Length: 7.75"
    Width: 1.25" (at grips)
    Height: 5.25" (sight to magazine lanyard loop)
    Sight Radius: 6.1"

    Externals:
    As mentioned before, the SRC TT-33 is a full metal replica with plastic grip panels that are easily removed in the same manner as the real ones. When looking at the TT-33, one of the first things you'll notice is the matte black finish. On the real gun, this would most likely be a blued finish that generally would be kind of shiny. Don't get me wrong, SRC did a great job with the finish as it looks amazing, but it actually looks too nice in my opinion. A blued version would be nice, and I think this will take to weathering quite well, but as it sits, the thing looks great, albeit a bit too pretty.

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    External overview, left side
    th_DSC_5905.jpg
    Overview, right side

    The most important part of any pistol is the grip, as it's the part that you'll spend all of your time holding on to. The TT-33 has a very narrow frame with detachable plastic grips which have gorgeous star and CCCP markings. They are removed in the same manner as the real ones, requiring you to look inside the magwell for the little metal lever which you rotate slightly and pop one side of the grip out. You can then access the other inner grip panel and remove it. The plastic is hard and shiny and feels kind of cheap, just like the real gun, but I believe these can be swapped out for real steel grip panels without too much custom work. At the bottom of the grip on the left side you will find a small loop for attaching a pistol lanyard.

    th_DSC_5906.jpg
    Left side grip
    th_DSC_5908.jpg
    Right side grip
    th_DSC_5907.jpg
    Lanyard loop

    In front of the grips, still located on the frame, you will find the extremely rudimentary controls, consisting of a trigger, magazine release button and slide catch lever. There is no mechanical safety on this pistol, however, it is a single action only pistol, so you can carry it loaded and decocked safely. The trigger pull is quite heavy, but has a short pull and clean break. The magazine release doesn't provide a lot of feedback when it's locked in place, but after multiple magazine changes, the mag now drops free when you push the button.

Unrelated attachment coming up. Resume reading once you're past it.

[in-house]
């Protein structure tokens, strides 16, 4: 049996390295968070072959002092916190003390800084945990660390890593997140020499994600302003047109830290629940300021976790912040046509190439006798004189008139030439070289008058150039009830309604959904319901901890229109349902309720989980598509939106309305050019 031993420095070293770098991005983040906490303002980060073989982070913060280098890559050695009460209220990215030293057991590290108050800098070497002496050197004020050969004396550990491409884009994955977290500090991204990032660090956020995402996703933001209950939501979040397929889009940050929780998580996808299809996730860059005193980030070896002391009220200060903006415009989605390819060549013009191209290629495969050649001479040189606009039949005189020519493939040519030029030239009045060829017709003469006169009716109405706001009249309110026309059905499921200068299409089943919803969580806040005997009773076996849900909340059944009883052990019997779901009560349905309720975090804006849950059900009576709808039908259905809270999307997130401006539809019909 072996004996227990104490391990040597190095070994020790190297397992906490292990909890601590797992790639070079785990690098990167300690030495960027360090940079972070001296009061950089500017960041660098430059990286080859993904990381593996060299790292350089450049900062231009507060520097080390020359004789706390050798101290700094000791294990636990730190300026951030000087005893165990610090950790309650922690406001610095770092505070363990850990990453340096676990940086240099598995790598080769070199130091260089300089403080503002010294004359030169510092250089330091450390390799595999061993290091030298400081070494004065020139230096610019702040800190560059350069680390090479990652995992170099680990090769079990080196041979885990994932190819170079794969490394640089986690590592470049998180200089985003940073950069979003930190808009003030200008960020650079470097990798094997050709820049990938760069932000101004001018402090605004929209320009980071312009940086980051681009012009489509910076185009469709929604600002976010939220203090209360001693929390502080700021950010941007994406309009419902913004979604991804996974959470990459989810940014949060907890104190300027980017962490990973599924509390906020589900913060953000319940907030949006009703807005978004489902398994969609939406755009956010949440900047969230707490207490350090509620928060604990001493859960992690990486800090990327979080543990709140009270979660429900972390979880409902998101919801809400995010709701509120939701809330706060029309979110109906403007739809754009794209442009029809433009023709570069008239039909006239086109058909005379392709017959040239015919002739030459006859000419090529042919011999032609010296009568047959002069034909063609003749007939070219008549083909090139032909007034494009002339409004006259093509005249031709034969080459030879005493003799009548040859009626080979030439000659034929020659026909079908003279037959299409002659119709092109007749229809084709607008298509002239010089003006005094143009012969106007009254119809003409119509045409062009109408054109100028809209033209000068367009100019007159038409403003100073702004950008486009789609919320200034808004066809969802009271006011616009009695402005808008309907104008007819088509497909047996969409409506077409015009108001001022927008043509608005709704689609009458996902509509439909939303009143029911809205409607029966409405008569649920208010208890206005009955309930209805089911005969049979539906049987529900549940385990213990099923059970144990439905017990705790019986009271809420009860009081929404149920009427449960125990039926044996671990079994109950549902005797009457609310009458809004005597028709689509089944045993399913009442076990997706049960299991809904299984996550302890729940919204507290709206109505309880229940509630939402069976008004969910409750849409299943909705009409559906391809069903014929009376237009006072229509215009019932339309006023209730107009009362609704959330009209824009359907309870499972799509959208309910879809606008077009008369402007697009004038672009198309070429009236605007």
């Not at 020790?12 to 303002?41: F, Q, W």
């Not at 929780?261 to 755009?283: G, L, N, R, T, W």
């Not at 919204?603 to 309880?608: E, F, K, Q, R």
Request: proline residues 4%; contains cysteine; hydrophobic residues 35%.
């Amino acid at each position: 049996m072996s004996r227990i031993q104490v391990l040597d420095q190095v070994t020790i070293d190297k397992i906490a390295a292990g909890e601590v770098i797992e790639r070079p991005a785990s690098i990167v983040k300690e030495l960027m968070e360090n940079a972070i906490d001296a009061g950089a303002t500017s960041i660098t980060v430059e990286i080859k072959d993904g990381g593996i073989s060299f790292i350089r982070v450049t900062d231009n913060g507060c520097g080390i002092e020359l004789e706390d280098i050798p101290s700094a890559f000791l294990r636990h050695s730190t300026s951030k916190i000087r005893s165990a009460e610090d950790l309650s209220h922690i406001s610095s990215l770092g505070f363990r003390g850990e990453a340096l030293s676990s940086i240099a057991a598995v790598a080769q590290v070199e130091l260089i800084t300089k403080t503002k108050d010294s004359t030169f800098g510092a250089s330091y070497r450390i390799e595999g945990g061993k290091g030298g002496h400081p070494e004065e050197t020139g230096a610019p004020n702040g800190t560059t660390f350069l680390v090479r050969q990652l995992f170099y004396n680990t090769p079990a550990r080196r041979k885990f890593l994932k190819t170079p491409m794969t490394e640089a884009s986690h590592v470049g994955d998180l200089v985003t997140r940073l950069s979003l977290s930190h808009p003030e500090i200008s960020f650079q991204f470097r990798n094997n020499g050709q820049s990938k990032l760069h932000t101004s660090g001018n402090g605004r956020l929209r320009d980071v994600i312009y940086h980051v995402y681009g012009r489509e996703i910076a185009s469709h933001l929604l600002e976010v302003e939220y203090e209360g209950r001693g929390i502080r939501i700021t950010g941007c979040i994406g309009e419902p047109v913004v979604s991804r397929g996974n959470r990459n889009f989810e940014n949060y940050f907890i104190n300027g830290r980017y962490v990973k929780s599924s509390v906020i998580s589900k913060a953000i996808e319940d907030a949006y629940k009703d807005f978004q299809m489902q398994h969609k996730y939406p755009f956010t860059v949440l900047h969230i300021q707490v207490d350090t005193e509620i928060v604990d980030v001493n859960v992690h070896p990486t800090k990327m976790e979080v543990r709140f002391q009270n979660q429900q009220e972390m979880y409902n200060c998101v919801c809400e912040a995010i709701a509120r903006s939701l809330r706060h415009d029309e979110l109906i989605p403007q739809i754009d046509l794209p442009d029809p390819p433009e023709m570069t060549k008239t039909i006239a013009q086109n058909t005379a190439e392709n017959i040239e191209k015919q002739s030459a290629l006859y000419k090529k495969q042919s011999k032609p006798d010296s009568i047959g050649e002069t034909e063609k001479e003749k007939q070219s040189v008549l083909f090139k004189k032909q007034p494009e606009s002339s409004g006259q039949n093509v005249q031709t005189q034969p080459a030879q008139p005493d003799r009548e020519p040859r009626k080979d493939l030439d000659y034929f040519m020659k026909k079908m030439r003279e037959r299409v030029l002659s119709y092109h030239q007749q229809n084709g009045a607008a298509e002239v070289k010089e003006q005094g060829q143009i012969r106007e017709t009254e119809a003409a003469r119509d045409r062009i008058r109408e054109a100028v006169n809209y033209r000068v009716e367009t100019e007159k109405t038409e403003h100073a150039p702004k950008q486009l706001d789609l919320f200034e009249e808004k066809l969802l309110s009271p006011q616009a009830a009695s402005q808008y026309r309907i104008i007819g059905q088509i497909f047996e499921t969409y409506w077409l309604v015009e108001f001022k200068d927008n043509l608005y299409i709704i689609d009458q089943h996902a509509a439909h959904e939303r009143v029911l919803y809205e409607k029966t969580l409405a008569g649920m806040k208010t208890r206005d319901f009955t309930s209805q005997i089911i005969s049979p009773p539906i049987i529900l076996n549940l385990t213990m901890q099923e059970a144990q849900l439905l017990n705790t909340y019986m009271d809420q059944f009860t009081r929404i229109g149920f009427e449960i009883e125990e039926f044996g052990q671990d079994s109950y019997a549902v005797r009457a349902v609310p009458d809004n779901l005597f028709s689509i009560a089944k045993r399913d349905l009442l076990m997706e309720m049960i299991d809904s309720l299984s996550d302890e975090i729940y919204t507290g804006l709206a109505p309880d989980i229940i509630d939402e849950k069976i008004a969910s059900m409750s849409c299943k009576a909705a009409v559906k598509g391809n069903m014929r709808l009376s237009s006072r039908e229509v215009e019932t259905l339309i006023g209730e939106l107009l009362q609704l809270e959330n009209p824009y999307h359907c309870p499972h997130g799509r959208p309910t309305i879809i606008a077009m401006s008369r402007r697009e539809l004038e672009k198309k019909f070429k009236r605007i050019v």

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    Controls
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    Slide catch
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    Slide locked back
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    Slide catch retainer clip

    The hammer is located on the rear of the frame and can be used as a form of safety on this single action replica. The hammer is showing some paint wear where it rides along the underside of the slide, however it's not a huge cosmetic issue in my opinion.

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    Hammer in the firing position

    The slide is a long metal unit with the same matte black finish as the frame. When pulled back, it opens the chamber showing the top of the magazine and allowing you to adjust the hop-up using the included tool. The recoil spring isn't terribly strong, so the slide return isn't that forceful.

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    Slide
    th_DSC_5916.jpg
    Open chamber

    The outer barrel is made of metal and features a realistic barrel drop recoil locking mechanism. There is no threading on the barrel either inside or out, so don't plan on mounting up a can on this thing. The barrel is pretty stable in the barrel bushing, and the gun does not use an external guide rod.